Splunk is a widely used log hoarding/analysis system and has a fairly full featured Software Development Kit (SDK) available under a variety of languages. One of these is Python.
Unfortunately it is only available for the now ancient Python 2. This is not a problem for the most part, except when a company mandate or other requirement stipulates Python3 must be used.
A bug raised in Splunk’s GitHub from 2014 requests a Python 3 version and at the time of writing the most recent comment was from march 2017 asking how there is still not a Python 3 version in 2017.
Running the 2to3 utility, a tool to convert Python 2 code to Python 3 compatible code, on the Python 2 version fails with numerous errors.
There are a few attempts at ports kicking around in various git repositories on the internet. They didn’t work for me when I tried. Even if an attempt at porting did work, we would then be stuck with maintaining that port when Splunk decides to change things in their upstream software — an undesirable state of affairs!
So what to do?
There aren’t too many options since Python 2 does some things quite differently from Python 3.
In the end I decided that the best option was to do the unthinkable…
Yes that nasty solution you didn’t want to consider.
We call Python 2 from your Python 3 code.
On the face of it, this seems really nasty with some annoying things to contend with:
- getting the data into and out of Python 2
- dealing with any errors that crop up poses a challenge, but with some tricks it can be done in a way that proves to be quite a seamless integration.
One of the nicest things about Python is the plethora of libraries one can call on.
The one that helps us here is pickle.
Pickle allows us to store a Python data structure in a file on disk.
This removes the problem of having to parse the unpredictable output of a Python 2 script when it is called from Python 3. We really can’t predict all the possible failure modes.
Another nice feature of pickle is that you can specify the protocol number and your file formats are compatible between Python 2 and 3. You can use the same method to get data into the Python 2 parts.
Errors and stack traces from the Python 2 part can be collected by Popen and raised as errors by the Python 3 script. This way you don’t loose visibility of what’s going on.
Since they are totally separate from any actual data parsed between Python 2 and 3 through pickle, we don’t have to worry about contamination of the data structures with random error messages or other unknowns. All necessary parameters, queries and arguments can be passed to the Python 2 part through pickle and there is no need for any configuration parameters to be buried in the Python 2 code.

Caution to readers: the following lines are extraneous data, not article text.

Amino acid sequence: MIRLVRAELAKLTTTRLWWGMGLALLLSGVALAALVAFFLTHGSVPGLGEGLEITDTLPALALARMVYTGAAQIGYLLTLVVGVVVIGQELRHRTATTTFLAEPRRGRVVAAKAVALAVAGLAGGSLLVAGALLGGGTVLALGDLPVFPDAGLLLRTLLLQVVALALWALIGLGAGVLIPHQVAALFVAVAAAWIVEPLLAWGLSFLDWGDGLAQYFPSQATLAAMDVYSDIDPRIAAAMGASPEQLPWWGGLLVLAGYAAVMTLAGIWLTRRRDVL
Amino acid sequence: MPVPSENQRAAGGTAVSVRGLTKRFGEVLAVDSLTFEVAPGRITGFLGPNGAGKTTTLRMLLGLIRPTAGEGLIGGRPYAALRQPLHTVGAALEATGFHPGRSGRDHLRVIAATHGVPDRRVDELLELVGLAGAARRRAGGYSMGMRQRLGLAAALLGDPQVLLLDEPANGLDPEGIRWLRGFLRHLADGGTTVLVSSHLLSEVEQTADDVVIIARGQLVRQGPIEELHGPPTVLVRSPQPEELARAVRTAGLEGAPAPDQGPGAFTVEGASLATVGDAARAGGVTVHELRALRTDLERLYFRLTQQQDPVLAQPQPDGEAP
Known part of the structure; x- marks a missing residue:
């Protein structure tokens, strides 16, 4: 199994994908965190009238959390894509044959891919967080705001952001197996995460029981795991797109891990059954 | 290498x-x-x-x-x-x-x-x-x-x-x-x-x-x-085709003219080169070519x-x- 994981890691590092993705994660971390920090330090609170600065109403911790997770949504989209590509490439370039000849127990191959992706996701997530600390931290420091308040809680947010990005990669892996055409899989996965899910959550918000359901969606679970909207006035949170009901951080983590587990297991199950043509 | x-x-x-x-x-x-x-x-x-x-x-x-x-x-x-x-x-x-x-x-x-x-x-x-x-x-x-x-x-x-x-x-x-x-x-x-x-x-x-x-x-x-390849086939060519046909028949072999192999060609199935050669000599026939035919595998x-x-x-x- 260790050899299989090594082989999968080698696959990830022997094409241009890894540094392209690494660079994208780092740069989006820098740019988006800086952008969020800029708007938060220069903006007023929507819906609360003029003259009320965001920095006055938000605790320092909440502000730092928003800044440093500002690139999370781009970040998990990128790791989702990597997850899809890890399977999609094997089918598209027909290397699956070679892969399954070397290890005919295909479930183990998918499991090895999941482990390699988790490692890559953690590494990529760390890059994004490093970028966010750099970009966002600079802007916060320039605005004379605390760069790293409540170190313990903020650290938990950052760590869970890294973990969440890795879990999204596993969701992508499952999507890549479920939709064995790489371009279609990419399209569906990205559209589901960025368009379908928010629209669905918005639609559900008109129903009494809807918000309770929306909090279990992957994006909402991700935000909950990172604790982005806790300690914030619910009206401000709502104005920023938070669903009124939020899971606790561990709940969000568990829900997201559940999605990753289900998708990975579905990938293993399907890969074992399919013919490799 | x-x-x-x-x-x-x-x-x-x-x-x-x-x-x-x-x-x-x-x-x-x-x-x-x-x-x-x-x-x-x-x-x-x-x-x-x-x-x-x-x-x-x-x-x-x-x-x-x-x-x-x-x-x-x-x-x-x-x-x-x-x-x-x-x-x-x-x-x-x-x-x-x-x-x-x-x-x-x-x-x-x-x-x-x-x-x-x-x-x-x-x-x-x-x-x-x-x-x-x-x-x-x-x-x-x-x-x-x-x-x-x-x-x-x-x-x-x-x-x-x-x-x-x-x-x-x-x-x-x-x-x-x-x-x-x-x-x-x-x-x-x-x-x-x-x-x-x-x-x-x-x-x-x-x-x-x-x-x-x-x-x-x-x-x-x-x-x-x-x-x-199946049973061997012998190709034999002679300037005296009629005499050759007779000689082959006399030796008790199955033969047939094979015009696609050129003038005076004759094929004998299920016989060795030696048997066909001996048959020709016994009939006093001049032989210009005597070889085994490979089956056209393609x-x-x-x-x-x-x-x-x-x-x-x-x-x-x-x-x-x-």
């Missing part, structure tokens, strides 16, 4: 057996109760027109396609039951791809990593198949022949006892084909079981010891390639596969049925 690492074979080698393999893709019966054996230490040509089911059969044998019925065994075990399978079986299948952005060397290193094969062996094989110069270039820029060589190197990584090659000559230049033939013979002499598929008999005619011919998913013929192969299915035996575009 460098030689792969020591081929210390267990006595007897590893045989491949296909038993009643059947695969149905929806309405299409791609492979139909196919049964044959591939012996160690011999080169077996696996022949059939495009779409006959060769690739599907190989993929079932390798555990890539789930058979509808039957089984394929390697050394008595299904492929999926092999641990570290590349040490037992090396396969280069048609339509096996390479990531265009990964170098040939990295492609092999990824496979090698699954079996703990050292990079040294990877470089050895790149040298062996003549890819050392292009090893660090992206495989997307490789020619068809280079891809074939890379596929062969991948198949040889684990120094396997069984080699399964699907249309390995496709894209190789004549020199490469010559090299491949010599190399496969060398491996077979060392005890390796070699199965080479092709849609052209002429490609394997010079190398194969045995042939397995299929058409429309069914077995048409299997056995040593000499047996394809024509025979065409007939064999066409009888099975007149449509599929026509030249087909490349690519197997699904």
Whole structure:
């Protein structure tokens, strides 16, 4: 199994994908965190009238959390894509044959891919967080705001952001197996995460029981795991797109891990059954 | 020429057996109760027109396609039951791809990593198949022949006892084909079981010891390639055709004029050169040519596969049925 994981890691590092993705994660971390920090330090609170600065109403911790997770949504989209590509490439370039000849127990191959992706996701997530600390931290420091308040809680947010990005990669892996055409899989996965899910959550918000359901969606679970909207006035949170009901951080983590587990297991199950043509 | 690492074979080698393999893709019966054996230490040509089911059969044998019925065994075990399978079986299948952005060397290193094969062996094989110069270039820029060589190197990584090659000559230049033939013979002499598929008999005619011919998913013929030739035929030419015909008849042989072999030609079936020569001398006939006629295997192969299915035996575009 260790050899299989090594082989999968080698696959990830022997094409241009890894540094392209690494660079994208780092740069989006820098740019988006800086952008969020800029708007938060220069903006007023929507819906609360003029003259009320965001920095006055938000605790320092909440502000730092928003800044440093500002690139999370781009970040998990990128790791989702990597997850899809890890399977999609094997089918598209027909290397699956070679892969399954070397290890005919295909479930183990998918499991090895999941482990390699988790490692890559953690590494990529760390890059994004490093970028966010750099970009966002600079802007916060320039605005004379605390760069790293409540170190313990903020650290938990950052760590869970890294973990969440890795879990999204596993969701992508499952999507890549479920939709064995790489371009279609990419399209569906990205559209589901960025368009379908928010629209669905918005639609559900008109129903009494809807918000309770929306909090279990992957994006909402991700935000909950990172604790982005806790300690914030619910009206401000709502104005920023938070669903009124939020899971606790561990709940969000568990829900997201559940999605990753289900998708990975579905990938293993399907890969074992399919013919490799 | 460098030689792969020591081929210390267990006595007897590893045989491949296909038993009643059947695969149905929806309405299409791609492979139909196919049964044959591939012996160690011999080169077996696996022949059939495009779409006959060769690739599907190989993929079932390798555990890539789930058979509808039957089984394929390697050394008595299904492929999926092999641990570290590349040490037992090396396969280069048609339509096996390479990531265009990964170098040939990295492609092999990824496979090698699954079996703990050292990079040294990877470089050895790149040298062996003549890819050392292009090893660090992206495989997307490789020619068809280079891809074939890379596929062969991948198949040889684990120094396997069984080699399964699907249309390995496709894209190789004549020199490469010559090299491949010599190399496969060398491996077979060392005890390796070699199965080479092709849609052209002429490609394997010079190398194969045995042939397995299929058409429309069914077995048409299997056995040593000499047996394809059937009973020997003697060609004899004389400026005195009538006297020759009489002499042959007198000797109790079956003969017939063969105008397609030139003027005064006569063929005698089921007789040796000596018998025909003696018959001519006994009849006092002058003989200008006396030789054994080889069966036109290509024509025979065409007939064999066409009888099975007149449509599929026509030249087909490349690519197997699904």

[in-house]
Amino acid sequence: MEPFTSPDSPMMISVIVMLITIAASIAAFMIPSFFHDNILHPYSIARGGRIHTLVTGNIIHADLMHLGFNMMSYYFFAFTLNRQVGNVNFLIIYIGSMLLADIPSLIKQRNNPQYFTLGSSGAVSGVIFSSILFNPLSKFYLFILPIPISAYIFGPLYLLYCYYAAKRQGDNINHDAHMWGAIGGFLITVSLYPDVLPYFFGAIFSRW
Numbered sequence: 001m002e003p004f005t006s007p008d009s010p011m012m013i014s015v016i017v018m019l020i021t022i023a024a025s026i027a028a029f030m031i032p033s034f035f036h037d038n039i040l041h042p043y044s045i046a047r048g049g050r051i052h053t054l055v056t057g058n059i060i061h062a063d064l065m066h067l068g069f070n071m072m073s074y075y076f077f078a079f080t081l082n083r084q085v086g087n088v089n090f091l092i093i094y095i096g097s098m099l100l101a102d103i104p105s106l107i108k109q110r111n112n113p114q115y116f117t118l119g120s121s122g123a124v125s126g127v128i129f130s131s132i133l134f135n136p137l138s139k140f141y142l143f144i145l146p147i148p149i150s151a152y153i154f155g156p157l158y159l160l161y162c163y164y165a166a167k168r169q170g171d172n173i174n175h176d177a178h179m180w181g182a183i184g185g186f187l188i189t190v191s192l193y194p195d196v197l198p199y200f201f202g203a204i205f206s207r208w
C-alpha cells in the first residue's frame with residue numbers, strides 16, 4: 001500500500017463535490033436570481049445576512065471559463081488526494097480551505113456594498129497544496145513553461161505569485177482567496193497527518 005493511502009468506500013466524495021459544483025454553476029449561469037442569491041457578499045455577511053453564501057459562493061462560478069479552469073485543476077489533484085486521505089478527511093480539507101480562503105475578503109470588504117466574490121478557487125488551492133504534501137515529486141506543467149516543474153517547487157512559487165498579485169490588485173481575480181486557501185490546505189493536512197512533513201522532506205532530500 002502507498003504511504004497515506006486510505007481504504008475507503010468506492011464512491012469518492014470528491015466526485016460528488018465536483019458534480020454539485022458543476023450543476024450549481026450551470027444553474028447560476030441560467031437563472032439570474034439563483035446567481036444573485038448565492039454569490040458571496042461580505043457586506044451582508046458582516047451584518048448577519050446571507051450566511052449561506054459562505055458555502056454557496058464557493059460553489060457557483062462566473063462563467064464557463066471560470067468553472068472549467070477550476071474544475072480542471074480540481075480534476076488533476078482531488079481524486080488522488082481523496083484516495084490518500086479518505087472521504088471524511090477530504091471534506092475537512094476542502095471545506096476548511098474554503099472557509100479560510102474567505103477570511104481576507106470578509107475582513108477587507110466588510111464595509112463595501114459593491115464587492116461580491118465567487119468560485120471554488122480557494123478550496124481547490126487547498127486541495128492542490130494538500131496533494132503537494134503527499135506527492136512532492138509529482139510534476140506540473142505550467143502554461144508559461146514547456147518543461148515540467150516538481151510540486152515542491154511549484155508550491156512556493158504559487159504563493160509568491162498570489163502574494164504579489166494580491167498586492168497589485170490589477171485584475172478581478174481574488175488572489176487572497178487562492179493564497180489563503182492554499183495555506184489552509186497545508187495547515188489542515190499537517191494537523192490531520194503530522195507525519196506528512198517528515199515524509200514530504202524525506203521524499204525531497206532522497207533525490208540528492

Show Me the Code Already!
Here we see the critical code snippet.
pickle.dump(args, open(swap_file, "wb"), protocol=2) call_status = Popen([python2, fragment_file, swap_file], stdout=PIPE, stderr=PIPE) stdout, stderr = call_status.communicate() if stderr: raise Exception(stderr) output = pickle.load(open(swap_file, "rb"))
pickle.dump puts the request in
swap_file, specifying that pickle should use protocol version 2.
We then call ‘python2’, in this case a var pointing to the system location of the Python 2 executable, pointing it at the fragment of code that calls the Splunk SDK, and
swap_file which contains the Splunk query.
Any errors returned by Python 2 are picked up from
Popen and raised.
If there are no errors, Python 2 writes the data it has received from Splunk back to
swap_file, from which it is picked up and assigned to the
Of course you will probably need to customize the Python 2 code depending on your requirements. There are a million ways to use Splunk and the SDK is quite flexible.
The example I am about to give worked for my use case, doing some relatively simple searches with a few thousand results at most. All this while fitting into an existing Python 3 based tooling framework.
And Here It Is
I made a library that contains this tool and a couple of other bits and pieces I have found useful at one point or another. It can be found here: